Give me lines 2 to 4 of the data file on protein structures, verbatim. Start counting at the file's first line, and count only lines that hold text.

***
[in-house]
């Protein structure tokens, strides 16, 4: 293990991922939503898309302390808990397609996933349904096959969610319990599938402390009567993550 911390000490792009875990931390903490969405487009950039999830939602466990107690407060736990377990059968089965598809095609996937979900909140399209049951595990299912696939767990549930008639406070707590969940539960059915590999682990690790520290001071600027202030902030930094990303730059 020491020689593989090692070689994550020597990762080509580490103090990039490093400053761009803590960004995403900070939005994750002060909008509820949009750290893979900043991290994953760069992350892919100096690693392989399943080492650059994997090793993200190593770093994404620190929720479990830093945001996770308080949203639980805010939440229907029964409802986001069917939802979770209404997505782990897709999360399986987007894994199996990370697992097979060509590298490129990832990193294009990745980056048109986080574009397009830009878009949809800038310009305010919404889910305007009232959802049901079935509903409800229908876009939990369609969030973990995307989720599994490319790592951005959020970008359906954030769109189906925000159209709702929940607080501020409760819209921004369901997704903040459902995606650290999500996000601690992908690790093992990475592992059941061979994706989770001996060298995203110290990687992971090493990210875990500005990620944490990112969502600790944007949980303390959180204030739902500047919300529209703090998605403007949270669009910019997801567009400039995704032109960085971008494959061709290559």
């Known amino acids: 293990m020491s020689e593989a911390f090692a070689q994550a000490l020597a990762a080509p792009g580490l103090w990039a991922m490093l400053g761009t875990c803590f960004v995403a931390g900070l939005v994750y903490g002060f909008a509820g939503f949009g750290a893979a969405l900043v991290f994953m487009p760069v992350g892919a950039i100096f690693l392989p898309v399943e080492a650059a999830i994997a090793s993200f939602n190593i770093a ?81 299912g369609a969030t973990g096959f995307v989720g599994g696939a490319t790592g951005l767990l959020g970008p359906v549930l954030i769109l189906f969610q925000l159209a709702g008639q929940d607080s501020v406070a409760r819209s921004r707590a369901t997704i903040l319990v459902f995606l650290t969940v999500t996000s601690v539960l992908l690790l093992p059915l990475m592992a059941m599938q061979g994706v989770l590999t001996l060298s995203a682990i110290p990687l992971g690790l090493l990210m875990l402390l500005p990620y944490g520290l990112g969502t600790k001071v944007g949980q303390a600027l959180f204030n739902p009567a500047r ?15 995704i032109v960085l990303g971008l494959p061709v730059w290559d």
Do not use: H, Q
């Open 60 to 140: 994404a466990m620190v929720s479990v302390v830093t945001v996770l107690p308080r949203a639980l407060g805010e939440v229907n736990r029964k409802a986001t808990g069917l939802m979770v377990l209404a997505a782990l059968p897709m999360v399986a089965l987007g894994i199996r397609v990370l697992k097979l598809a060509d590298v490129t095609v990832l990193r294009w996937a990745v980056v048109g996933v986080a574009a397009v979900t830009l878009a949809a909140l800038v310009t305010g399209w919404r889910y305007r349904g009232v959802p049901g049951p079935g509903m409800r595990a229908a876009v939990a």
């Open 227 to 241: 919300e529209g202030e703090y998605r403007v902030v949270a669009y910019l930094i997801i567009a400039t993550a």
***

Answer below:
């Protein structure tokens, strides 16, 4: 293990991922939503898309302390808990397609996933349904096959969610319990599938402390009567993550 911390000490792009875990931390903490969405487009950039999830939602466990107690407060736990377990059968089965598809095609996937979900909140399209049951595990299912696939767990549930008639406070707590969940539960059915590999682990690790520290001071600027202030902030930094990303730059 020491020689593989090692070689994550020597990762080509580490103090990039490093400053761009803590960004995403900070939005994750002060909008509820949009750290893979900043991290994953760069992350892919100096690693392989399943080492650059994997090793993200190593770093994404620190929720479990830093945001996770308080949203639980805010939440229907029964409802986001069917939802979770209404997505782990897709999360399986987007894994199996990370697992097979060509590298490129990832990193294009990745980056048109986080574009397009830009878009949809800038310009305010919404889910305007009232959802049901079935509903409800229908876009939990369609969030973990995307989720599994490319790592951005959020970008359906954030769109189906925000159209709702929940607080501020409760819209921004369901997704903040459902995606650290999500996000601690992908690790093992990475592992059941061979994706989770001996060298995203110290990687992971090493990210875990500005990620944490990112969502600790944007949980303390959180204030739902500047919300529209703090998605403007949270669009910019997801567009400039995704032109960085971008494959061709290559």
């Known amino acids: 293990m020491s020689e593989a911390f090692a070689q994550a000490l020597a990762a080509p792009g580490l103090w990039a991922m490093l400053g761009t875990c803590f960004v995403a931390g900070l939005v994750y903490g002060f909008a509820g939503f949009g750290a893979a969405l900043v991290f994953m487009p760069v992350g892919a950039i100096f690693l392989p898309v399943e080492a650059a999830i994997a090793s993200f939602n190593i770093a ?81 299912g369609a969030t973990g096959f995307v989720g599994g696939a490319t790592g951005l767990l959020g970008p359906v549930l954030i769109l189906f969610q925000l159209a709702g008639q929940d607080s501020v406070a409760r819209s921004r707590a369901t997704i903040l319990v459902f995606l650290t969940v999500t996000s601690v539960l992908l690790l093992p059915l990475m592992a059941m599938q061979g994706v989770l590999t001996l060298s995203a682990i110290p990687l992971g690790l090493l990210m875990l402390l500005p990620y944490g520290l990112g969502t600790k001071v944007g949980q303390a600027l959180f204030n739902p009567a500047r ?15 995704i032109v960085l990303g971008l494959p061709v730059w290559d």
Do not use: H, Q